- Karen Price of the Pittsburgh Tribune-Review spoke to Pedro Alvarez and Pirates manager Clint Hurdle about the possibility of Alvarez moving across the diamond to first base. Alvarez, whom Hurdle recently said had lost his starting job at third base, is open to the idea and called it a “no-brainer” rather than offer any negative comments about the move. It’d present the Bucs with an interesting logjam at first, however, as Alvarez ($4.25MM), Ike Davis ($3.5MM) and Gaby Sanchez ($2.3MM) are all due raises on their 2014 salaries via arbitration this winter. Price notes that Sanchez has begun working out over at third base.
The Pirates have designated reliever Ernesto Frieri for assignment, Rob Biertempfel of the Pittsburgh Tribune-Review reports on Twitter. Frieri, 29, came to Pittsburgh in a swap of struggling closers at the end of June.
While his trade counterpart, Jason Grilli, has thrived in his new environs, Frieri has continued to struggle since the swap. Frieri has allowed 12 earned runs in 10 2/3 frames with the Bucs, while striking out ten and walking five batters. Frieri had at least shown with the Angels that he was still capable of missing bats (11.0 K/9) and limiting walks (2.6 BB/9), even if the results were still poor, but obviously those marks too have taken a downturn.
Frieri is earning $3.8MM in his first year of arbitration eligibility. This likely means two things: First, he seems fairly likely to get through waivers, and the Pirates could well welcome a claim anyway. And if he is instead stashed at Triple-A for the time being, Frieri will likely end up as a non-tender after the season.
We’ll track today’s minor moves here.
- The Pirates have outrighted infielder Dean Anna to Triple-A Indianapolis, according to the International League transactions page. Since being claimed by the Bucs in early July, the 27-year-old Anna has batted just .186/.368/.302 in 57 plate appearances. Overall, he has just a .601 OPS at the Triple-A level this season, and he didn’t fare any better in the bigs with New York, posting a .518 OPS in 25 plate appearances. Anna excelled with a .331/.410/.482 batting line with the Padres’ Triple-A affiliate in 2013, however, indicating that there’s some upside in his bat.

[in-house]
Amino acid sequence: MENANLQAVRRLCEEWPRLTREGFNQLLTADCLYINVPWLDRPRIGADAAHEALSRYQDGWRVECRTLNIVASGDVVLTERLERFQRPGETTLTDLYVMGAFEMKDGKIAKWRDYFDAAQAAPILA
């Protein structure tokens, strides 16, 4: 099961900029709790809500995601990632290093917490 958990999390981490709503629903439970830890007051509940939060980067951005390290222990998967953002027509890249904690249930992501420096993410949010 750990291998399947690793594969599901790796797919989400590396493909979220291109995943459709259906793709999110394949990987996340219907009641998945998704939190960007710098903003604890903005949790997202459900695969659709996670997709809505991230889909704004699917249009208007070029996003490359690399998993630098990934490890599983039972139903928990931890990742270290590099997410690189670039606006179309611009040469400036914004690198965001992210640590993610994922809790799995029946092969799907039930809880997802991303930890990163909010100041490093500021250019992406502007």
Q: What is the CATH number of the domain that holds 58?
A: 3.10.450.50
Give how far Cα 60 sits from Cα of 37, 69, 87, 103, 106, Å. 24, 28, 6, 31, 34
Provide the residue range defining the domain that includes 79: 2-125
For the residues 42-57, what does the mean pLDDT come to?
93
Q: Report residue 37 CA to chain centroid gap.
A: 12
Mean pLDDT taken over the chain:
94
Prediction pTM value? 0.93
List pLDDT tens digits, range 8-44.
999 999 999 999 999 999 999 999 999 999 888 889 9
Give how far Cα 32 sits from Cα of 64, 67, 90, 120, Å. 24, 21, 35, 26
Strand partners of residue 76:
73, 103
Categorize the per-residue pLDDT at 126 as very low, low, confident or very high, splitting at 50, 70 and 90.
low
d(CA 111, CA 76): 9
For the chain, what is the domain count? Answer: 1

- The Blue Jays have signed catcher George Kottaras and sent him to Triple-A Buffalo, Shi Davidi of Sportsnet.ca reports. The Cardinals released Kottaras last month after they acquired A.J. Pierzynski. He’s a lifetime .216/.326/.414 hitter in parts of seven seasons with the Red Sox, Brewers, Athletics, Royals, Indians and Cardinals.
- The Brewers have acquired pitcher Jay Jackson from the Pirates for cash considerations, Tom Haudricourt of the Journal Sentinel tweets. Jackson, 26, has posted a 4.89 ERA in 84 2/3 innings as a swingman with Triple-A Indianapolis, but with 9.2 K/9 and 3.8 BB/9. He has also pitched in the Cubs and Marlins systems. He’s recently won praise for his stuff, with Pirates Triple-A catcher Tony Sanchez suggesting Jackson has the potential to be a good big-league reliever.